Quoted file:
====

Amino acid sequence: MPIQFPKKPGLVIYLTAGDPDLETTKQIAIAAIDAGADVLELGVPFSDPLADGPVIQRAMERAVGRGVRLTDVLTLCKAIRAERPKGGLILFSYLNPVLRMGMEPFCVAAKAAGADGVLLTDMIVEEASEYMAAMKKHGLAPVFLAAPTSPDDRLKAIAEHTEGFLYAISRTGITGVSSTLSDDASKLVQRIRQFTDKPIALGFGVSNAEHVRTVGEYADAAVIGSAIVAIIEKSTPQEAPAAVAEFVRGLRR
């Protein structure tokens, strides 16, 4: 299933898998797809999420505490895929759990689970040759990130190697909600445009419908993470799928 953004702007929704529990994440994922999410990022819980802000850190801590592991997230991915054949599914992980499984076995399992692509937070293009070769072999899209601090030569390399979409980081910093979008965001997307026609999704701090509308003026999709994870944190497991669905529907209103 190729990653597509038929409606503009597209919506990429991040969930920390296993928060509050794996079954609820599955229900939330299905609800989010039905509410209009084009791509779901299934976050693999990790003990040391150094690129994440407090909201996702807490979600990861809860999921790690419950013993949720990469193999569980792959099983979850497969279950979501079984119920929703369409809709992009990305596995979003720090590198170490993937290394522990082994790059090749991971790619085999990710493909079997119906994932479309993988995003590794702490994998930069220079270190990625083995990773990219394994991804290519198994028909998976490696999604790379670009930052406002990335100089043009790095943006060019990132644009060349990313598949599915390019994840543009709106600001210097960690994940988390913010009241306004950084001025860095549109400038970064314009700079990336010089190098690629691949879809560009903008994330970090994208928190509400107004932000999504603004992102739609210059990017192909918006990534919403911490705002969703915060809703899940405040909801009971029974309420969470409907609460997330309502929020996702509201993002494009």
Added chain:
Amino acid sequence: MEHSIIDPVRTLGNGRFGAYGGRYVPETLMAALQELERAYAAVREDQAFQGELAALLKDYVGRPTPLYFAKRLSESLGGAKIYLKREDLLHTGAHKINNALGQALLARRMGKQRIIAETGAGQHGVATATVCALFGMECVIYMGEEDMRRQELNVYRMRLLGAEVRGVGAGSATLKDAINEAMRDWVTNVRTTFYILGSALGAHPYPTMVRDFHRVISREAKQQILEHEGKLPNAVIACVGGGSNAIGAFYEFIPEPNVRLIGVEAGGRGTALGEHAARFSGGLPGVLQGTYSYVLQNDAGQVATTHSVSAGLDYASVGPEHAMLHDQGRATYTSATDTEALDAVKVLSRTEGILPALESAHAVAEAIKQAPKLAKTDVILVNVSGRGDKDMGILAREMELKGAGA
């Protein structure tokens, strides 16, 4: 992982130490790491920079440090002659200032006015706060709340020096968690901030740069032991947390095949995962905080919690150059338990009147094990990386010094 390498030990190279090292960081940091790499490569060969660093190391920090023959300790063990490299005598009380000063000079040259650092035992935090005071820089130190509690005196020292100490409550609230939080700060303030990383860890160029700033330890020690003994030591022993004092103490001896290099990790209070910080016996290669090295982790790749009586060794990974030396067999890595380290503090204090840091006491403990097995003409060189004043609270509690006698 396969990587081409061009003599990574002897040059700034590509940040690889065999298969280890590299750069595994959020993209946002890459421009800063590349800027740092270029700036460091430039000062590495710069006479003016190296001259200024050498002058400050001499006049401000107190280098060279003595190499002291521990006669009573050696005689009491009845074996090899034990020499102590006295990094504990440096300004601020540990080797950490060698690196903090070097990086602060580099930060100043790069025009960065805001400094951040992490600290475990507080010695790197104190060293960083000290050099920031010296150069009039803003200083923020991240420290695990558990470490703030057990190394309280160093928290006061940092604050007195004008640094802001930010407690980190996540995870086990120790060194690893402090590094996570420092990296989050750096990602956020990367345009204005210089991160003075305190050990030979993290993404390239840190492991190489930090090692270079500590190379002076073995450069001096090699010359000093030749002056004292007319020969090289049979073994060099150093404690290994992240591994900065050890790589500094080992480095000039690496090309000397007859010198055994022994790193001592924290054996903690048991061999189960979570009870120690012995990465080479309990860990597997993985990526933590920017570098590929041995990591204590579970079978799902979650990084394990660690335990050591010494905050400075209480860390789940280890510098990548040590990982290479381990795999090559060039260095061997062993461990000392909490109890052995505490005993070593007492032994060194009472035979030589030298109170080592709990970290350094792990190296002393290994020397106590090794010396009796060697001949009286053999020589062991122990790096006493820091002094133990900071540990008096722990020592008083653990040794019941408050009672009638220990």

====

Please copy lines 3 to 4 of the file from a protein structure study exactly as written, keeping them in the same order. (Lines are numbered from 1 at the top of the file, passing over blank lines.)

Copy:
Added chain:
Amino acid sequence: MEHSIIDPVRTLGNGRFGAYGGRYVPETLMAALQELERAYAAVREDQAFQGELAALLKDYVGRPTPLYFAKRLSESLGGAKIYLKREDLLHTGAHKINNALGQALLARRMGKQRIIAETGAGQHGVATATVCALFGMECVIYMGEEDMRRQELNVYRMRLLGAEVRGVGAGSATLKDAINEAMRDWVTNVRTTFYILGSALGAHPYPTMVRDFHRVISREAKQQILEHEGKLPNAVIACVGGGSNAIGAFYEFIPEPNVRLIGVEAGGRGTALGEHAARFSGGLPGVLQGTYSYVLQNDAGQVATTHSVSAGLDYASVGPEHAMLHDQGRATYTSATDTEALDAVKVLSRTEGILPALESAHAVAEAIKQAPKLAKTDVILVNVSGRGDKDMGILAREMELKGAGA